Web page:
Growing up in Montreal in an English speaking home in the heart of Little Italy meant I lived in some sort of demilitarized zone separating the ever present English and French two solitudes that is and will always be Québec within Canada. Straddling the two divisions there was relative peace and calm but at the drop of pin tensions could flare up for any slight, perceived or otherwise, if the two sides were separated along linguistic lines. At that point adversarial stances became set and insult volleys would begin with missives like ”Maudit Anglais” which would elicit retorts of “Pissou” or “Frog”.
And that was just the kids playing ball hockey in the streets.
The ‘adults‘ on the other hand have had a longstanding rift since the pivotal battle on the Plains of Abraham leaving the English and French in Canada to have a seemingly incessant fluctuating relationship whose ebb and flow are almost as predictable as the ocean tides with an occasional hurricane landfall.
So what has this to do with the movie Bon Cop, Bad Cop? Well everything and nothing. Coming from French Canadian director Eric Canuel this is a comedy that explores the stereotypes and different attitudes towards, sex, driving, law obedience, dining etiquette and the most divisive of issues: hockey allegiances.
As the title suggests, this is a cop movie and it begins right at the border between Ontario and Québec. When a dead body is discovered teetering above the road sign marking the divide between two provinces, the police from both jurisdictions arrive at the crime scene. Neither wanting yet another case to solve, Detective David Bouchard (Patrick Huard) attempts to thrust responsibility to his Ontario counterpart while Martin Ward (Colm Feore) tries to argue otherwise. The bickering ends when both of their superiors decide that it will be a cooperative investigation partnering the long-faced cops to solve the murder.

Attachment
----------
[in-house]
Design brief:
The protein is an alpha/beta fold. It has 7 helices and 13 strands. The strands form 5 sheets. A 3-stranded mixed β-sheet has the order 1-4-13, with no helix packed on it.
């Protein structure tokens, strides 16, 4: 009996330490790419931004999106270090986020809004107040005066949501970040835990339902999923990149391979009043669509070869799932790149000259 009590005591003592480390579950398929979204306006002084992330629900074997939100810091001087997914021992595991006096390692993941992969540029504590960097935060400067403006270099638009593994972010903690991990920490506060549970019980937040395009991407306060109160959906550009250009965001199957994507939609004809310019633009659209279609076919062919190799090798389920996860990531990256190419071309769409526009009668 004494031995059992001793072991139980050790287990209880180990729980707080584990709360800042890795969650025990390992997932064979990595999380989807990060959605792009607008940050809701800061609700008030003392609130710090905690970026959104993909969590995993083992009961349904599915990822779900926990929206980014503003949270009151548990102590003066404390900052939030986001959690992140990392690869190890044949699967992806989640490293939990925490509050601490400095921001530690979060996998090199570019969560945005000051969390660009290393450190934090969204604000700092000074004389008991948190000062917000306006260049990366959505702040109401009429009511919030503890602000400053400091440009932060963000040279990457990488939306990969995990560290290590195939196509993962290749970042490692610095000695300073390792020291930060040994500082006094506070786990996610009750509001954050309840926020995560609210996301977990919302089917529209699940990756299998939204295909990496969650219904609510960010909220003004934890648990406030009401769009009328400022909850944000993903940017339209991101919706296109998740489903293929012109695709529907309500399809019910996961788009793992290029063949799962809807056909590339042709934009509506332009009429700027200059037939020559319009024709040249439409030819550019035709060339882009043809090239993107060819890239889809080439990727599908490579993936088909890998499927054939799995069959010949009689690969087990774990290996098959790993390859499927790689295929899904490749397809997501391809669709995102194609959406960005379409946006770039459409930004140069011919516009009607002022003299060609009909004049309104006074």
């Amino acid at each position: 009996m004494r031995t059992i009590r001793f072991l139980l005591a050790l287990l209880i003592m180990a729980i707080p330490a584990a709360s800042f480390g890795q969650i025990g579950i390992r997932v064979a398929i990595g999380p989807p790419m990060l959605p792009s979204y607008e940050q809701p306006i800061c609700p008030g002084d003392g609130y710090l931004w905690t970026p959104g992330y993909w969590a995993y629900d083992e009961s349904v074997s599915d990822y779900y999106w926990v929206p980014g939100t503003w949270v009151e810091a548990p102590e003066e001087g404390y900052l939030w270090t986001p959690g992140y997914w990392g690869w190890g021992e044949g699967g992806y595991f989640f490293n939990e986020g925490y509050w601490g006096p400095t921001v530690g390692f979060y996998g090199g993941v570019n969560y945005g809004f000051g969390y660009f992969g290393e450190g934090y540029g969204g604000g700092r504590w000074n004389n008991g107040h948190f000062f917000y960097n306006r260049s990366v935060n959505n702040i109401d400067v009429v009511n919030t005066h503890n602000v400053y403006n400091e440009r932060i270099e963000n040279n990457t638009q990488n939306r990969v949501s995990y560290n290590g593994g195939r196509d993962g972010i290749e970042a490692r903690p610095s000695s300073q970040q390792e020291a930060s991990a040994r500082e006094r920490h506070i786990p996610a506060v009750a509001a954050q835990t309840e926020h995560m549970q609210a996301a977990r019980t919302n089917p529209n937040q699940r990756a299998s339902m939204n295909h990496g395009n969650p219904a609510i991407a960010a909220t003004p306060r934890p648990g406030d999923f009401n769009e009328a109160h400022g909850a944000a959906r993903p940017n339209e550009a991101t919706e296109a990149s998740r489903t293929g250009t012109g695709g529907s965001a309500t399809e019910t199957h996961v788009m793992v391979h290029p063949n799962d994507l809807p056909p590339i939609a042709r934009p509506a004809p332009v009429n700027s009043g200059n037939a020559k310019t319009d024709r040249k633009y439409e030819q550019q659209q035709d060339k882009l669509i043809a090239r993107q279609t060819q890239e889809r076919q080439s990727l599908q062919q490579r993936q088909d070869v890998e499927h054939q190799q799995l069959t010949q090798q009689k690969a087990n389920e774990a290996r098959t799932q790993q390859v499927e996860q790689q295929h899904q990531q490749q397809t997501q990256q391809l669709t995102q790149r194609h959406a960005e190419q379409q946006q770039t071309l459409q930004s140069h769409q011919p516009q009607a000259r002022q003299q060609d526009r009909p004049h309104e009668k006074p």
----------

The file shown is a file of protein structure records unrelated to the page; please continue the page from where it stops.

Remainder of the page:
With the aid of a nutty post mortem examiner the jousting duo try to set aside their differences and follow the clues for what ends up being a serial killer on mission. Ricocheting between Québec Joual and broken English the two explore tittie bars, drug grow-ops, and worse places (Toronto. Well for a militant Québecois…) brokering just enough of a truce to lead them to their masked “Tattoo Killer”.
While a great film I wonder how non-Canadians will take it in given many of the jokes and puns are decidedly Canadian and Québec rooted. Will they really understand the significance of a hilariously timed exclamation “Vive le Québec libre”? I doubt it. On the other hand I believe it is every Canadian’s patriotic duty to watch this flick. Parle-moi de t’ça, hostie!
DVD owners will rejoice with the opportunity to watch the movie (A) in English, with French subtitles, (B) in French with English subtitles, or (C for true Canadians) as filmed in alternating English/French with no subtitles!